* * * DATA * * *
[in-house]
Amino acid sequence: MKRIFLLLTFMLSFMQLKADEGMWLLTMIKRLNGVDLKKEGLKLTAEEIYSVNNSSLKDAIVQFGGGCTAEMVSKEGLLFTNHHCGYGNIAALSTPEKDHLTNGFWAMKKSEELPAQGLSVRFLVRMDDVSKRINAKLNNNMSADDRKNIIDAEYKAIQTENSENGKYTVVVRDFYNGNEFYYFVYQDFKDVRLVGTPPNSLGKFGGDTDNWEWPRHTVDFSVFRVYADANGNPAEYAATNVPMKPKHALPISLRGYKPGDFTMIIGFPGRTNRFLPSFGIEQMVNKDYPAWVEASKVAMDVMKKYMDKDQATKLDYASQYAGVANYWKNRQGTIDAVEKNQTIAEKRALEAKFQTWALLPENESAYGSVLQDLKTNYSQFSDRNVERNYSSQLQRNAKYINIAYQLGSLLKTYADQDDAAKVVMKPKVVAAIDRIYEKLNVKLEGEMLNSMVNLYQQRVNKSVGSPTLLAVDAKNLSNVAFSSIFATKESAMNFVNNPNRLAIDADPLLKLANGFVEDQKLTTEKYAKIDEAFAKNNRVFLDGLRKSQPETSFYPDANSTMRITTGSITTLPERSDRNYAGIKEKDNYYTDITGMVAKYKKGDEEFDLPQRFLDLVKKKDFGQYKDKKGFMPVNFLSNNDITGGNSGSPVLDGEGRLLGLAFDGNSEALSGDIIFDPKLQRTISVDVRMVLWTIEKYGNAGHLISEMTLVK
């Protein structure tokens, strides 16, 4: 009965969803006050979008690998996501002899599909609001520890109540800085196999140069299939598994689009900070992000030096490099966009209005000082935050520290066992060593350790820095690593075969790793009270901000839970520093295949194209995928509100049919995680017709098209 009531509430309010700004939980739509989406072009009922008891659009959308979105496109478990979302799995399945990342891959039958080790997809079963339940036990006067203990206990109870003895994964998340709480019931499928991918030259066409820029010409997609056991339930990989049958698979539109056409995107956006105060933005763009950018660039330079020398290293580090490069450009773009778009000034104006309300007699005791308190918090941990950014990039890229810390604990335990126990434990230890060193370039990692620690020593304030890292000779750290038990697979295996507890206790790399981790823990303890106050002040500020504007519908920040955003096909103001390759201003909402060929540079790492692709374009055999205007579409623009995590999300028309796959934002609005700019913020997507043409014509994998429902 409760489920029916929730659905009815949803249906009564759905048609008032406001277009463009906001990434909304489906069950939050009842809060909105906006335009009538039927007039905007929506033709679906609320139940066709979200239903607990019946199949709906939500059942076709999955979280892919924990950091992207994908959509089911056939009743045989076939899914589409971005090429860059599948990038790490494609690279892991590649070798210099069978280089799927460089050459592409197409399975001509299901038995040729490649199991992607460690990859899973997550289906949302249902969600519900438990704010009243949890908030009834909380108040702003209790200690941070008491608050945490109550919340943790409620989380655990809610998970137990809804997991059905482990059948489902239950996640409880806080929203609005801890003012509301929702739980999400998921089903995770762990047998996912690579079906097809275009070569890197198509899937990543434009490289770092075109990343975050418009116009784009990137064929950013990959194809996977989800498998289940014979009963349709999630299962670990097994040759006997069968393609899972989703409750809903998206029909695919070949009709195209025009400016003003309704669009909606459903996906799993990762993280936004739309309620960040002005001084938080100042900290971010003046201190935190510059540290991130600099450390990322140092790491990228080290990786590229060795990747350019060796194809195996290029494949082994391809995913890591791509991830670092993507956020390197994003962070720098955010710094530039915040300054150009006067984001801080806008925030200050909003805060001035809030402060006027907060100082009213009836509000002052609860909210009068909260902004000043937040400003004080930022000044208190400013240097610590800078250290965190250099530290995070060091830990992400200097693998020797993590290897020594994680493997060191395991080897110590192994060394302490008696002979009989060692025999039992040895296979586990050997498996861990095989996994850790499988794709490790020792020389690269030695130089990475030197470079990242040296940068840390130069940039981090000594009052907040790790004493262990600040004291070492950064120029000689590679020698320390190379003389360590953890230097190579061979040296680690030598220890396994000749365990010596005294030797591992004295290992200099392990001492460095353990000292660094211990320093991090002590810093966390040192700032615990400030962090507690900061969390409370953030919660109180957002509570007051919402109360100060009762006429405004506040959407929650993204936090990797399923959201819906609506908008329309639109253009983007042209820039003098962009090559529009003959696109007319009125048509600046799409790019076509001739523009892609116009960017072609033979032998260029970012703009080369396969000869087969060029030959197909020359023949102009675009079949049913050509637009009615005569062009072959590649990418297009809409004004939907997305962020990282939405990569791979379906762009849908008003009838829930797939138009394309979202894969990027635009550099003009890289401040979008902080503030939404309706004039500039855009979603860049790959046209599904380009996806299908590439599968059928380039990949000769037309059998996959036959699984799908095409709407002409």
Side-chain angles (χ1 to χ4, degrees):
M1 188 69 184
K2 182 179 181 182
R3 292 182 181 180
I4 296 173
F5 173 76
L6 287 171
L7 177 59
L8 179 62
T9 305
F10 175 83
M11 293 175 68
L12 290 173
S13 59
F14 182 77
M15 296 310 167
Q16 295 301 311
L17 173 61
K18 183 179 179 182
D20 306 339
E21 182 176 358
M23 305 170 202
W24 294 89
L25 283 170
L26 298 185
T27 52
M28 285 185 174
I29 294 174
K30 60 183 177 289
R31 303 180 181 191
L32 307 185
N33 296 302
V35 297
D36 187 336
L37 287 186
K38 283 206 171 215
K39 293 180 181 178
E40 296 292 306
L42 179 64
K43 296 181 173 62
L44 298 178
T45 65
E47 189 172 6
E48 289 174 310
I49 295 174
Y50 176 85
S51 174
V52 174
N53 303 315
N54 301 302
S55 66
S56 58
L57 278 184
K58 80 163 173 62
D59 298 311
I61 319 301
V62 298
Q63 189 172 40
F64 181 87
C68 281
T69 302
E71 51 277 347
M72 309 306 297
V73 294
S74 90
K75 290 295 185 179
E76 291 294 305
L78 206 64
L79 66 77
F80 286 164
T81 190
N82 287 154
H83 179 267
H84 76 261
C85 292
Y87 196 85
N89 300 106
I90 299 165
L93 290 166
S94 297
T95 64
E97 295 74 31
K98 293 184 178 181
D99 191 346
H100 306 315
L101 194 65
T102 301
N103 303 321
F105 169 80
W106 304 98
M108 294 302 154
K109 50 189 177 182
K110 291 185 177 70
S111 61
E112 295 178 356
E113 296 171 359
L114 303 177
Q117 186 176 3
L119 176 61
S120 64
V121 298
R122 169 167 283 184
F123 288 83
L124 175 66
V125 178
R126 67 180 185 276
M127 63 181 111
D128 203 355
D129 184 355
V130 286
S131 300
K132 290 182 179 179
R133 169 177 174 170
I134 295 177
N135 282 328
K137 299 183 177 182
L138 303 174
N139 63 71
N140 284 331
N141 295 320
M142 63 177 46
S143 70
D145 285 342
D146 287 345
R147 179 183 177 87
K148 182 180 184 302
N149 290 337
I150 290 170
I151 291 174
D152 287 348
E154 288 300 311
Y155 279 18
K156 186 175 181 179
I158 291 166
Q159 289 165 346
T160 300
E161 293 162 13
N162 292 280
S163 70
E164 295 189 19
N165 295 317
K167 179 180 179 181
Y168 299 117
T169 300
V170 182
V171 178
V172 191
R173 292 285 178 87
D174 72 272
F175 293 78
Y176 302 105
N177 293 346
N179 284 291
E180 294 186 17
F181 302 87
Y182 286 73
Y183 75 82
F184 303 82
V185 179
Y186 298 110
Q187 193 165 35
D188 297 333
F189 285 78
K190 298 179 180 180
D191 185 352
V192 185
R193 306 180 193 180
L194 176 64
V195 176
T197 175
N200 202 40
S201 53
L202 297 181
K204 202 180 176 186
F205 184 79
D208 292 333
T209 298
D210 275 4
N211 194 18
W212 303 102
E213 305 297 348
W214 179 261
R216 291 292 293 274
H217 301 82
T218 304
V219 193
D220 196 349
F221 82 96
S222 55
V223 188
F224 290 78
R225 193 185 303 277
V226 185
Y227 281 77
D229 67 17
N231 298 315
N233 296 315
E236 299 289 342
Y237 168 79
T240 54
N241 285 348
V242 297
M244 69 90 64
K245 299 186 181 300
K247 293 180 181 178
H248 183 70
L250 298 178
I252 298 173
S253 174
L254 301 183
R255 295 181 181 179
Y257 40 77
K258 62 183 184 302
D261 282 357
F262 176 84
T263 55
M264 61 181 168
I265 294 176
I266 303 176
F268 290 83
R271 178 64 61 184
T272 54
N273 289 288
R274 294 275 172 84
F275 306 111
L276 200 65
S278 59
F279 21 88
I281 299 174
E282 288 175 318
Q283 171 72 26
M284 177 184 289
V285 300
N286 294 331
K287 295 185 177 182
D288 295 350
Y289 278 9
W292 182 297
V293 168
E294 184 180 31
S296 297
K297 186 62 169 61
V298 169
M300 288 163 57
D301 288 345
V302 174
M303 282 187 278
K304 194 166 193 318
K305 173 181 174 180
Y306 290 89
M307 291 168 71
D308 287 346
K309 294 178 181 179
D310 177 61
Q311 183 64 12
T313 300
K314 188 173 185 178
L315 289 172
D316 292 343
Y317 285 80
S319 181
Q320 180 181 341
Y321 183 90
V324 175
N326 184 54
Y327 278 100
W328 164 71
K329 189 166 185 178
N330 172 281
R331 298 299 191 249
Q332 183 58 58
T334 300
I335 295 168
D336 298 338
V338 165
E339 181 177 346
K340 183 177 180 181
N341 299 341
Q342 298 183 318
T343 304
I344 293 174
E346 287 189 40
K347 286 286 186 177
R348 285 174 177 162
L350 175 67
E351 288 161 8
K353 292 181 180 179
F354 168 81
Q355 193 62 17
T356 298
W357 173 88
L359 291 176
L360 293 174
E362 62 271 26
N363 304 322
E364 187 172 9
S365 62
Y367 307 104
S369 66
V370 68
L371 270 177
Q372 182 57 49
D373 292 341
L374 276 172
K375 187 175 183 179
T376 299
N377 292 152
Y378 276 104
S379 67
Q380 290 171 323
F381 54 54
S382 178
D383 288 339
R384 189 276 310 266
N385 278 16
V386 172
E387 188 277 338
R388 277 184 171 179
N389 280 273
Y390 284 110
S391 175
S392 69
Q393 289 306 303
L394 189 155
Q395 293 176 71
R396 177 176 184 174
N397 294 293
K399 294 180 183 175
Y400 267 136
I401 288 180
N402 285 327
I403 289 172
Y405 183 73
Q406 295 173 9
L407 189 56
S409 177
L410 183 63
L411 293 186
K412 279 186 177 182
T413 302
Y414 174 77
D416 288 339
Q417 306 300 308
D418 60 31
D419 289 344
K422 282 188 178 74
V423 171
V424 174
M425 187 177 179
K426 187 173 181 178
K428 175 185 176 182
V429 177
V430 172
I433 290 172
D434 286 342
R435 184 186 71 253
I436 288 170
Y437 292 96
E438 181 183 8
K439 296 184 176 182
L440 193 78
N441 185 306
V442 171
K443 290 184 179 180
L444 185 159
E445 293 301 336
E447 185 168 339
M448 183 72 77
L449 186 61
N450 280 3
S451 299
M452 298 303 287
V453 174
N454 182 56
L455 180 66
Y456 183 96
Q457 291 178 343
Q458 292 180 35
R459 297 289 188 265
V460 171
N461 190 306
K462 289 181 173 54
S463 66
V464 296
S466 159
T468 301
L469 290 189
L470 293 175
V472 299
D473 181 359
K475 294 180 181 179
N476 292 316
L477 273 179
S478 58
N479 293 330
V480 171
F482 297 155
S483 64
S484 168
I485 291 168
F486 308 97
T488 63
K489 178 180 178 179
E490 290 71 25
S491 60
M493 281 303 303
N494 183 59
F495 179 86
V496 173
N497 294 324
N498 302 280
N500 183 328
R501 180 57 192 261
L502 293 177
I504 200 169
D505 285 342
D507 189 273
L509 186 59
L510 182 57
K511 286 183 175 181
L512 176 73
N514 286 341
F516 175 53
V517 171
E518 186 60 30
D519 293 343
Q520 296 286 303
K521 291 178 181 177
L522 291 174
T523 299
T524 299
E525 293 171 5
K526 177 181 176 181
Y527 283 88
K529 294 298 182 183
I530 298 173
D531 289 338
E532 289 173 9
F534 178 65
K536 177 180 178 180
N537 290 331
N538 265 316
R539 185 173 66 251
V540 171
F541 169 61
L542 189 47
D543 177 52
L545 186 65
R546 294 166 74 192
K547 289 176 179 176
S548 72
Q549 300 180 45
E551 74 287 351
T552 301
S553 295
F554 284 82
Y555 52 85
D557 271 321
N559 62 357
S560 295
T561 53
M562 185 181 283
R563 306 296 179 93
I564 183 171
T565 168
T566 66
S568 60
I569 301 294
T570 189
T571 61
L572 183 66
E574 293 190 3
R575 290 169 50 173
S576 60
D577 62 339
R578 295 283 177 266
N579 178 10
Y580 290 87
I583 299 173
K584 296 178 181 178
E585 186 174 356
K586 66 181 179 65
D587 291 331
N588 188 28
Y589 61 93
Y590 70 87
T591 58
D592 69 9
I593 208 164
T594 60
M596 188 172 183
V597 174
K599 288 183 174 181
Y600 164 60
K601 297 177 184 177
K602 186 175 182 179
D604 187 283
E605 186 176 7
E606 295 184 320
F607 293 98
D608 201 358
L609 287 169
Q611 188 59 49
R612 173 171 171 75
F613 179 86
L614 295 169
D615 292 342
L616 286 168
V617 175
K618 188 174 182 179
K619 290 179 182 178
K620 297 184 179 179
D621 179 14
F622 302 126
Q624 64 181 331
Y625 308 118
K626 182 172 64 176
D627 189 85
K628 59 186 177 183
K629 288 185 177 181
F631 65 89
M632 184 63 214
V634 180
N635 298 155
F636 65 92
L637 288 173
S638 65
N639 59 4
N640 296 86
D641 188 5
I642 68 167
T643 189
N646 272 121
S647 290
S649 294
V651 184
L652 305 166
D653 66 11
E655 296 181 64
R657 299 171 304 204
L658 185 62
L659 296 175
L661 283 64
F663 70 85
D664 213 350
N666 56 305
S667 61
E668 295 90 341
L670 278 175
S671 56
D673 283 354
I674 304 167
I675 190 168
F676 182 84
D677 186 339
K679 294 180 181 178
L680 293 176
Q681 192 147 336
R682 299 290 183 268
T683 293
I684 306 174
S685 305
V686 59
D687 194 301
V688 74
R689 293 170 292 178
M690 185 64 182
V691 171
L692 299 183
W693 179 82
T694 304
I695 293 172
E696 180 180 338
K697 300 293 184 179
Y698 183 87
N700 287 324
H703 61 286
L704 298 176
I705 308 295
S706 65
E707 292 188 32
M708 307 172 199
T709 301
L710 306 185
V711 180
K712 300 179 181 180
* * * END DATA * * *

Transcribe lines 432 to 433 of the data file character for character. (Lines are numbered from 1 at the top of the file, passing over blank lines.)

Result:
L522 291 174
T523 299